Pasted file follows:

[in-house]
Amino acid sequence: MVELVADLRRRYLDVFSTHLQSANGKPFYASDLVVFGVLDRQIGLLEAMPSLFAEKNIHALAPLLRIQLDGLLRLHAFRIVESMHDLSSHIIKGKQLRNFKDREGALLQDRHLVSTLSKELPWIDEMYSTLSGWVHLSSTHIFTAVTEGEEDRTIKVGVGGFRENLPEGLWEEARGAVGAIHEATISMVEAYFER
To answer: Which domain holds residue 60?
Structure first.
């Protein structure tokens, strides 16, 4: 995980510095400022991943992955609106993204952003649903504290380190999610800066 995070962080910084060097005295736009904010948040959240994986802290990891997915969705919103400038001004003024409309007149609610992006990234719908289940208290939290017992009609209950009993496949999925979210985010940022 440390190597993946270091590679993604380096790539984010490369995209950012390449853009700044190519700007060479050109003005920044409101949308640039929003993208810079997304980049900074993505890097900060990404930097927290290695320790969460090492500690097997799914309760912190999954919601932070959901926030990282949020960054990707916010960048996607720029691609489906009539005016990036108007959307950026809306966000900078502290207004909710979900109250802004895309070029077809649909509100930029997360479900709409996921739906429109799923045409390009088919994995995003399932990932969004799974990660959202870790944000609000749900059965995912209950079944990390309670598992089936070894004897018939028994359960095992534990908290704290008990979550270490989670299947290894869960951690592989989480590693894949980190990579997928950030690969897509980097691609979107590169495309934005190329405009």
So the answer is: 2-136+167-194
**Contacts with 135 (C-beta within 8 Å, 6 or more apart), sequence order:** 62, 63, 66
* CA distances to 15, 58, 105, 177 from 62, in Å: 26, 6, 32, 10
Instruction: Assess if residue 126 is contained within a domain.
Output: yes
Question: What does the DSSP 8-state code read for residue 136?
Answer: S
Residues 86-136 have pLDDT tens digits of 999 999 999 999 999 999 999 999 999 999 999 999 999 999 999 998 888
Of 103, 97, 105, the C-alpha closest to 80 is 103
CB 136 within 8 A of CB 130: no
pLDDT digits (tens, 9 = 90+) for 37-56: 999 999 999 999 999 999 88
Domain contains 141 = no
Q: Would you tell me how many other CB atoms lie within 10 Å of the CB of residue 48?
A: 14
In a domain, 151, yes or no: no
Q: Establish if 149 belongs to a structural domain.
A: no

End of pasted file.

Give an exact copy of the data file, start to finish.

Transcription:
[in-house]
Amino acid sequence: MVELVADLRRRYLDVFSTHLQSANGKPFYASDLVVFGVLDRQIGLLEAMPSLFAEKNIHALAPLLRIQLDGLLRLHAFRIVESMHDLSSHIIKGKQLRNFKDREGALLQDRHLVSTLSKELPWIDEMYSTLSGWVHLSSTHIFTAVTEGEEDRTIKVGVGGFRENLPEGLWEEARGAVGAIHEATISMVEAYFER
To answer: Which domain holds residue 60?
Structure first.
């Protein structure tokens, strides 16, 4: 995980510095400022991943992955609106993204952003649903504290380190999610800066 995070962080910084060097005295736009904010948040959240994986802290990891997915969705919103400038001004003024409309007149609610992006990234719908289940208290939290017992009609209950009993496949999925979210985010940022 440390190597993946270091590679993604380096790539984010490369995209950012390449853009700044190519700007060479050109003005920044409101949308640039929003993208810079997304980049900074993505890097900060990404930097927290290695320790969460090492500690097997799914309760912190999954919601932070959901926030990282949020960054990707916010960048996607720029691609489906009539005016990036108007959307950026809306966000900078502290207004909710979900109250802004895309070029077809649909509100930029997360479900709409996921739906429109799923045409390009088919994995995003399932990932969004799974990660959202870790944000609000749900059965995912209950079944990390309670598992089936070894004897018939028994359960095992534990908290704290008990979550270490989670299947290894869960951690592989989480590693894949980190990579997928950030690969897509980097691609979107590169495309934005190329405009």
So the answer is: 2-136+167-194
**Contacts with 135 (C-beta within 8 Å, 6 or more apart), sequence order:** 62, 63, 66
* CA distances to 15, 58, 105, 177 from 62, in Å: 26, 6, 32, 10
Instruction: Assess if residue 126 is contained within a domain.
Output: yes
Question: What does the DSSP 8-state code read for residue 136?
Answer: S
Residues 86-136 have pLDDT tens digits of 999 999 999 999 999 999 999 999 999 999 999 999 999 999 999 998 888
Of 103, 97, 105, the C-alpha closest to 80 is 103
CB 136 within 8 A of CB 130: no
pLDDT digits (tens, 9 = 90+) for 37-56: 999 999 999 999 999 999 88
Domain contains 141 = no
Q: Would you tell me how many other CB atoms lie within 10 Å of the CB of residue 48?
A: 14
In a domain, 151, yes or no: no
Q: Establish if 149 belongs to a structural domain.
A: no